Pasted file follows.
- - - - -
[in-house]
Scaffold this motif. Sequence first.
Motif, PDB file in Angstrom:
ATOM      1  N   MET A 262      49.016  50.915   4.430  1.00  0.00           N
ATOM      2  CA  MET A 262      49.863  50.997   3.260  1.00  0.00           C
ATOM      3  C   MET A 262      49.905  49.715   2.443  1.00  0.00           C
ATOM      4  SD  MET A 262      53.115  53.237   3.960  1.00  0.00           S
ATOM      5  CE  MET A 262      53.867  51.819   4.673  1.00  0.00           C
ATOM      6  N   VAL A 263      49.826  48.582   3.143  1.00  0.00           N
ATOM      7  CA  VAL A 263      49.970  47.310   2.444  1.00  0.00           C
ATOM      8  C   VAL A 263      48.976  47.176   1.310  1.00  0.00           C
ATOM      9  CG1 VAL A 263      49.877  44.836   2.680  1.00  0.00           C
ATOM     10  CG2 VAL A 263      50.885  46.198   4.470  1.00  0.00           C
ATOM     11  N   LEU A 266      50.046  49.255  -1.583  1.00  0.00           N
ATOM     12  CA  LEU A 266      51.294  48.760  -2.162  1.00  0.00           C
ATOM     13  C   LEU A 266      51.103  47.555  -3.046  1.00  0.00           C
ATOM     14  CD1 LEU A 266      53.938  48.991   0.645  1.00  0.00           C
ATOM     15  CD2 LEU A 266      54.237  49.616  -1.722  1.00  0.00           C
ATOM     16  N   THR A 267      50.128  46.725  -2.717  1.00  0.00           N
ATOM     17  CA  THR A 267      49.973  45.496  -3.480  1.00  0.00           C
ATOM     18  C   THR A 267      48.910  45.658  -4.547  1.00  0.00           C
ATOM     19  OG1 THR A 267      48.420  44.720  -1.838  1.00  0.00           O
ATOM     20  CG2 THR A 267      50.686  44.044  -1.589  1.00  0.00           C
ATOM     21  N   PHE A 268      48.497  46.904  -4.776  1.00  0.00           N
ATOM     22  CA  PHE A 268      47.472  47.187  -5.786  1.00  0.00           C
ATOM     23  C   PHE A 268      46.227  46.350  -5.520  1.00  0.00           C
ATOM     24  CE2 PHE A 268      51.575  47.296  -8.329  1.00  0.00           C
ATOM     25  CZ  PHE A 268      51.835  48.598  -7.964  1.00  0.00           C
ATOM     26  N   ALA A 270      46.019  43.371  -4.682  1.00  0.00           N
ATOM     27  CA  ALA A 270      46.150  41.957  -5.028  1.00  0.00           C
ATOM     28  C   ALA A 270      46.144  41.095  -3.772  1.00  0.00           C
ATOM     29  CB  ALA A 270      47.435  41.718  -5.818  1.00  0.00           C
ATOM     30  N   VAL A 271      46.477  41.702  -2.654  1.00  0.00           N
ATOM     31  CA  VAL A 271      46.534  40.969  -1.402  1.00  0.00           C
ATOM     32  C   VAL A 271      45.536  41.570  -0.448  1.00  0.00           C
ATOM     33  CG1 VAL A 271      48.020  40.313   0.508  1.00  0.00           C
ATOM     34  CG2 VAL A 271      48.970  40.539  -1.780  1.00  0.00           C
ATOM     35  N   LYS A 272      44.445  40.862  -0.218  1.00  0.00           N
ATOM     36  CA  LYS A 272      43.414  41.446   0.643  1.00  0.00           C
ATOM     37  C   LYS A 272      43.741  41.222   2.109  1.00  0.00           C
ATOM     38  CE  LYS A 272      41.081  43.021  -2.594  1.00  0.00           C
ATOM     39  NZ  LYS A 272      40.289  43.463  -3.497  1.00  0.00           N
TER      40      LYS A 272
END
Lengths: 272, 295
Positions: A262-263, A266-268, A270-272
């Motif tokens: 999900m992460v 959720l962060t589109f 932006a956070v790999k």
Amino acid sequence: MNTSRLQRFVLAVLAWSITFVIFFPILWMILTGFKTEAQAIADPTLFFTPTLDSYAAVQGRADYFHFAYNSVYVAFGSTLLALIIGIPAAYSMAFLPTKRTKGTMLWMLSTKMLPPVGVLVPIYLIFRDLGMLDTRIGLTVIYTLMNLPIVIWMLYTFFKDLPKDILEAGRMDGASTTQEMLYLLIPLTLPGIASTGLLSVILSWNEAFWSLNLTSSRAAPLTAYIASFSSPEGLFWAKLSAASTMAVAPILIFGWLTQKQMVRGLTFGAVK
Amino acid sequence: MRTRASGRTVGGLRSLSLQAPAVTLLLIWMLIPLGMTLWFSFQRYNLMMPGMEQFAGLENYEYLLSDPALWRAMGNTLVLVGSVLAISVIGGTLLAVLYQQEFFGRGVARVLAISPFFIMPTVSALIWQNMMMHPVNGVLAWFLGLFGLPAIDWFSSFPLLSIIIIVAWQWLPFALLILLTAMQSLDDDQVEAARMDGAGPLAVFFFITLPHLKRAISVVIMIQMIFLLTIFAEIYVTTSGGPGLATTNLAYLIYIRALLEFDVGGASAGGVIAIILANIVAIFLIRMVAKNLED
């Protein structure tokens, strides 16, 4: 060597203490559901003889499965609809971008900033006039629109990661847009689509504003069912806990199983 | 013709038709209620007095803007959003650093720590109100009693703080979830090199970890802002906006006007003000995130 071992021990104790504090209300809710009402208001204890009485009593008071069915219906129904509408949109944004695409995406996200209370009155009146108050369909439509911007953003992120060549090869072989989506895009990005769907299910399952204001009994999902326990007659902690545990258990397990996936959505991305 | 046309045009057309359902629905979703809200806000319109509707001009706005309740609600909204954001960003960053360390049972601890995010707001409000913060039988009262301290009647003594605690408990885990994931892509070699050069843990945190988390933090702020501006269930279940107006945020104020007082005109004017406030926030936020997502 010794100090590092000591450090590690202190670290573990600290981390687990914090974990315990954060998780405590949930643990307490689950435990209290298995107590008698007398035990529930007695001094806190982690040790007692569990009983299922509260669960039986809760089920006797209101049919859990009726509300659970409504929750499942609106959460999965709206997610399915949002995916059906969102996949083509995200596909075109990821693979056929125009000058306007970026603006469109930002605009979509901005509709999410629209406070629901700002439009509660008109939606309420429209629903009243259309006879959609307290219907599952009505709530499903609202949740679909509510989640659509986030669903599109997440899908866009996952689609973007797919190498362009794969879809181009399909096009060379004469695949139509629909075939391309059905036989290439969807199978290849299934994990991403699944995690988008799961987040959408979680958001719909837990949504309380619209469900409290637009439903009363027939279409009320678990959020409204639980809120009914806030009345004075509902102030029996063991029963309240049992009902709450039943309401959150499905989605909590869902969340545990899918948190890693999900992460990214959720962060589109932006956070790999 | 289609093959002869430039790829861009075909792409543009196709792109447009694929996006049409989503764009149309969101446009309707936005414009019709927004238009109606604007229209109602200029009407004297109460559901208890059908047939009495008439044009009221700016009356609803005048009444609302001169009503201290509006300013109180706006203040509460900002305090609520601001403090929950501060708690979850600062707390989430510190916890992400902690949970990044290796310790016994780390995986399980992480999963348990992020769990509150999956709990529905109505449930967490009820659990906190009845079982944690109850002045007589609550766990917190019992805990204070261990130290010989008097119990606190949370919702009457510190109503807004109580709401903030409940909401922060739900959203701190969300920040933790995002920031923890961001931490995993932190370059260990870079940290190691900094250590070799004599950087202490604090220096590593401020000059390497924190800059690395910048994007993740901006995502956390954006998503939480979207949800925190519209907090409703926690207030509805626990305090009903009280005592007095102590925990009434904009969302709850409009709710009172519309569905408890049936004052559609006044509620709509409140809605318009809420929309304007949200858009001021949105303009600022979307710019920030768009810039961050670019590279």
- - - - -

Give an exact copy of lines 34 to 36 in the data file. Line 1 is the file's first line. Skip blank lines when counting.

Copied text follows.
ATOM     31  CA  VAL A 271      46.534  40.969  -1.402  1.00  0.00           C
ATOM     32  C   VAL A 271      45.536  41.570  -0.448  1.00  0.00           C
ATOM     33  CG1 VAL A 271      48.020  40.313   0.508  1.00  0.00           C